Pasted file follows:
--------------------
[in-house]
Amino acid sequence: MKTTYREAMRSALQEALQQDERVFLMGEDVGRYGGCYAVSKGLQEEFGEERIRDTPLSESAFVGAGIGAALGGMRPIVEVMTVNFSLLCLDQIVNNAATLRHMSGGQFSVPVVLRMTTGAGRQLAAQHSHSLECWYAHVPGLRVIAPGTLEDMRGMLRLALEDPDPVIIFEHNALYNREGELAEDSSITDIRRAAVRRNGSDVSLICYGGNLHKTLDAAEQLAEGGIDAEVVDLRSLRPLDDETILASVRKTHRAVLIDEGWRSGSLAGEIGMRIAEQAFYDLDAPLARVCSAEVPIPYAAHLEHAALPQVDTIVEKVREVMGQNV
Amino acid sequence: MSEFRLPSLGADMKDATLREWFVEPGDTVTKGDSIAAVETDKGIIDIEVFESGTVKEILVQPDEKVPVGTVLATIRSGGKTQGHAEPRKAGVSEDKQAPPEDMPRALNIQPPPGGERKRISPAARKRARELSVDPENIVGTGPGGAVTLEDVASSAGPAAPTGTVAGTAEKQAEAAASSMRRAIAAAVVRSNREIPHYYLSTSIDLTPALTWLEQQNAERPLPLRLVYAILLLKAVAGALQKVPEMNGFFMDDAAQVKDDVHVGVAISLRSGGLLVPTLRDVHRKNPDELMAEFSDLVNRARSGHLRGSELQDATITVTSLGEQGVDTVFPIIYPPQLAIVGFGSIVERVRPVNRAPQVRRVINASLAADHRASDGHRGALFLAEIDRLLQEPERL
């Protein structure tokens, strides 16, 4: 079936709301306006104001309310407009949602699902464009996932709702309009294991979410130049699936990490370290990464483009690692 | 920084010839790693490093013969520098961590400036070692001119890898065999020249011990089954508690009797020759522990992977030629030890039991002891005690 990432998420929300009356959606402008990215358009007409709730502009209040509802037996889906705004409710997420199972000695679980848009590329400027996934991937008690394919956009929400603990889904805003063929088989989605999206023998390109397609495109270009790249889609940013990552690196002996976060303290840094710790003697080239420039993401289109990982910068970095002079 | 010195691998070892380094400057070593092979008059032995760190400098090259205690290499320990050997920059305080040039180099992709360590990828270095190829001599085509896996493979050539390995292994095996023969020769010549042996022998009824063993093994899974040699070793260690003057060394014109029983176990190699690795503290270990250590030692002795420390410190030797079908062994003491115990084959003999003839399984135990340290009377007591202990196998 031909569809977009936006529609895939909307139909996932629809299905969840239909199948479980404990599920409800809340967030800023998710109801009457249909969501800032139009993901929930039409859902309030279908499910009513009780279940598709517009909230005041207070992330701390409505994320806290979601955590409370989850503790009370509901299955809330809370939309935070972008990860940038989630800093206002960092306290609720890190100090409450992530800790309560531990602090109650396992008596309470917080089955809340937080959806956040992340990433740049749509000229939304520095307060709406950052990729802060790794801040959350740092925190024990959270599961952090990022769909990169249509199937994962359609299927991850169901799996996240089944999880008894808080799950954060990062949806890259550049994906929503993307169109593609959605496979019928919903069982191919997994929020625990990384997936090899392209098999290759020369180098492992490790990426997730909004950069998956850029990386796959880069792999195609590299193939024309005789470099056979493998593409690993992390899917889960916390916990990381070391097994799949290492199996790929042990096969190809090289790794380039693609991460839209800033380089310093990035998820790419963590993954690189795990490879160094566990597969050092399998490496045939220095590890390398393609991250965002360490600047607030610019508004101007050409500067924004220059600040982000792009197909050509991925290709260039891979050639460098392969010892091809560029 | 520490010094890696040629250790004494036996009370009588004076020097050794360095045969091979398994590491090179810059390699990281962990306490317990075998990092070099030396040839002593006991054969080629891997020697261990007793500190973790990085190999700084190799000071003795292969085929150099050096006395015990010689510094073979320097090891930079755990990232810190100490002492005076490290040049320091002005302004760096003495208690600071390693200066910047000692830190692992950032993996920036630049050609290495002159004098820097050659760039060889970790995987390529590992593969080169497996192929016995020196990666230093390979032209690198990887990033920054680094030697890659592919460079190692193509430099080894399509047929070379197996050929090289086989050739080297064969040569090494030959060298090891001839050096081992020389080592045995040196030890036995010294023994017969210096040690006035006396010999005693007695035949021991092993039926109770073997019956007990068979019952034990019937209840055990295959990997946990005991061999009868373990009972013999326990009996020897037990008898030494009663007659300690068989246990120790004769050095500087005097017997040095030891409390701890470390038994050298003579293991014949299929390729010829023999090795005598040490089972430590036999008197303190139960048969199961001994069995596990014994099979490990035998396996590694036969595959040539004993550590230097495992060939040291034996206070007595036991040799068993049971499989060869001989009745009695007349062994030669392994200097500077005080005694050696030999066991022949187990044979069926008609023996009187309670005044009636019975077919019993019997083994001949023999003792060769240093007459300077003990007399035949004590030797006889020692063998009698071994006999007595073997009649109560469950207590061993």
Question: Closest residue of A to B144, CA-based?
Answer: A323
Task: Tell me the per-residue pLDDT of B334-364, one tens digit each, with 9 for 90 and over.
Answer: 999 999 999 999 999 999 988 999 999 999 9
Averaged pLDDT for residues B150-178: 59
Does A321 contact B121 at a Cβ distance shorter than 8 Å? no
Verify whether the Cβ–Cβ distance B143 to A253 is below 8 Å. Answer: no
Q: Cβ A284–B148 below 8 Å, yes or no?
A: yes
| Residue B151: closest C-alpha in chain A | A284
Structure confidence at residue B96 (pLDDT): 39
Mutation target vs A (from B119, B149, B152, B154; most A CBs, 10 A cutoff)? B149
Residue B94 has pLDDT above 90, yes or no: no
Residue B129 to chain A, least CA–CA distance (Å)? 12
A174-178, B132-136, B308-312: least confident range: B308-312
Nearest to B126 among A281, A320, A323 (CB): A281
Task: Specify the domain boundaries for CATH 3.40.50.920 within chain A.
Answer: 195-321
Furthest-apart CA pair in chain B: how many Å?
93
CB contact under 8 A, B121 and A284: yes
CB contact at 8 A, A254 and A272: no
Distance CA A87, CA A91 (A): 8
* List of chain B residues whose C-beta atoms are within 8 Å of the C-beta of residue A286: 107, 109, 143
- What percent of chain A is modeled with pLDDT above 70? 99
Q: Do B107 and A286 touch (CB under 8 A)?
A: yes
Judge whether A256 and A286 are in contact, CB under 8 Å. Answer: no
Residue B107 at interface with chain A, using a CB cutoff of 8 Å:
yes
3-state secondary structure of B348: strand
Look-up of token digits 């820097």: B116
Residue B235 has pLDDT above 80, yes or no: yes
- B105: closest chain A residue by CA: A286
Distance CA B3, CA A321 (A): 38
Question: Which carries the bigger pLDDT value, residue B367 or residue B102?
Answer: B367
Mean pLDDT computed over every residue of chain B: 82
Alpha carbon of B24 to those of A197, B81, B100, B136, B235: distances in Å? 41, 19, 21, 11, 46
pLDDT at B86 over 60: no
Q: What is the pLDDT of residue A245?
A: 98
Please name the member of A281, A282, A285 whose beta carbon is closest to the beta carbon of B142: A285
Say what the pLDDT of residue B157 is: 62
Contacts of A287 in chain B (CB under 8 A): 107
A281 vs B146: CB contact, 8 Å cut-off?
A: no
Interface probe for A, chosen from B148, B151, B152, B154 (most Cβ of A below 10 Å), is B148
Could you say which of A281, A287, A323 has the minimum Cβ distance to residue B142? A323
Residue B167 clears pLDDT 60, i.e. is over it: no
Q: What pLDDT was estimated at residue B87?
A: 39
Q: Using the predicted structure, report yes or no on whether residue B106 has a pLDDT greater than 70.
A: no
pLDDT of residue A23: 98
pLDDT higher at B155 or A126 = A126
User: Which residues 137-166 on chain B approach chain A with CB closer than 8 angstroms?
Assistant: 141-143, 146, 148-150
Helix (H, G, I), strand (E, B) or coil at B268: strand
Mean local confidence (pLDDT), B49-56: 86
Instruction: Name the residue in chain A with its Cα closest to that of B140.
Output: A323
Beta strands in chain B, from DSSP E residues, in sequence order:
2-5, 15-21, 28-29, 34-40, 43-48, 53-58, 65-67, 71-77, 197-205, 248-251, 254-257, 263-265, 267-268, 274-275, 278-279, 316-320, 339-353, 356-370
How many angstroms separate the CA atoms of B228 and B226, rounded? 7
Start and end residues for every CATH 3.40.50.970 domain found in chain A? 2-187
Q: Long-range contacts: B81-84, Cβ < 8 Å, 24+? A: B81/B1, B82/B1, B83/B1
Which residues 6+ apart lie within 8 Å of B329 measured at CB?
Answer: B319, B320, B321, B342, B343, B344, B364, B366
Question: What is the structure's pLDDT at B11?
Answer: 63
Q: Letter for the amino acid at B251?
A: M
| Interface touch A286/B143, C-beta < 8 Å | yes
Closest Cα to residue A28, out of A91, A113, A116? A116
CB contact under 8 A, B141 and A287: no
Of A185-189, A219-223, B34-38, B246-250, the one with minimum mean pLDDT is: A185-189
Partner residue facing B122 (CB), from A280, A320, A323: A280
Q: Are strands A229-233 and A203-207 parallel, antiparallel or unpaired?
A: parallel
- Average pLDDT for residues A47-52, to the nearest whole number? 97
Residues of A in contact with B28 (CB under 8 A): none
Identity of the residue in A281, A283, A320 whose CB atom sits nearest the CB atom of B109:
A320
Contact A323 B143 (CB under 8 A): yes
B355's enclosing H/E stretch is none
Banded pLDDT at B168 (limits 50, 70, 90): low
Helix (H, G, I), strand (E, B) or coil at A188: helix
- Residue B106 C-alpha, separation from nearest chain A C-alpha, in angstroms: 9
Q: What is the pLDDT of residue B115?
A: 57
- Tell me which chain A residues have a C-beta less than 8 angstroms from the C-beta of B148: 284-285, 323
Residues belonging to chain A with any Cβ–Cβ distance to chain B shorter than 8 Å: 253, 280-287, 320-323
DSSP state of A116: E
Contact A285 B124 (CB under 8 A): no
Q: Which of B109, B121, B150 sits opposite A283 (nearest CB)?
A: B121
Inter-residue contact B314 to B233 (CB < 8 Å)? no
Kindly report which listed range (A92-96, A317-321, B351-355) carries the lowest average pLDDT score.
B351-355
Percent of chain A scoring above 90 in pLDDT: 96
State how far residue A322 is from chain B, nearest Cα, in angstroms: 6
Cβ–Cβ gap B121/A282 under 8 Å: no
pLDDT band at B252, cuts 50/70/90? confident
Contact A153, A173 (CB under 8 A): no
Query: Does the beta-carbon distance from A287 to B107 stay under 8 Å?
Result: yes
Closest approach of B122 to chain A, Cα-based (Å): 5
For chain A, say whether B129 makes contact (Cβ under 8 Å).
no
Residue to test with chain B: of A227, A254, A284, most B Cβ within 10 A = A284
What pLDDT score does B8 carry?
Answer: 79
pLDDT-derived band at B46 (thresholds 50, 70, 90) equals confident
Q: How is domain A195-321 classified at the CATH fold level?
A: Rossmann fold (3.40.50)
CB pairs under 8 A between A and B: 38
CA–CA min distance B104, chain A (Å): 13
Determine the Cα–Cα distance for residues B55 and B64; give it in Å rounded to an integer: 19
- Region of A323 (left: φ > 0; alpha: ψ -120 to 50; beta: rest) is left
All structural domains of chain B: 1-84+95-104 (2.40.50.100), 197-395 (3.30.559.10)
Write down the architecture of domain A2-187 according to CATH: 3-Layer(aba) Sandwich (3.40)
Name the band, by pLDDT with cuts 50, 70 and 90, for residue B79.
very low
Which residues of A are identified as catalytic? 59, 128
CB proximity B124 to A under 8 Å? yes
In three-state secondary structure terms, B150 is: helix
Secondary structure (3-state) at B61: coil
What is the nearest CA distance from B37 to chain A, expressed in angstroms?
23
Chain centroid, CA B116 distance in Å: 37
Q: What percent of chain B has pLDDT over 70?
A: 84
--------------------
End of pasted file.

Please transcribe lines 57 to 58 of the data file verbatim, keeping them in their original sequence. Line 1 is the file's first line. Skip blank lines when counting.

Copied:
Q: Using the predicted structure, report yes or no on whether residue B106 has a pLDDT greater than 70.
A: no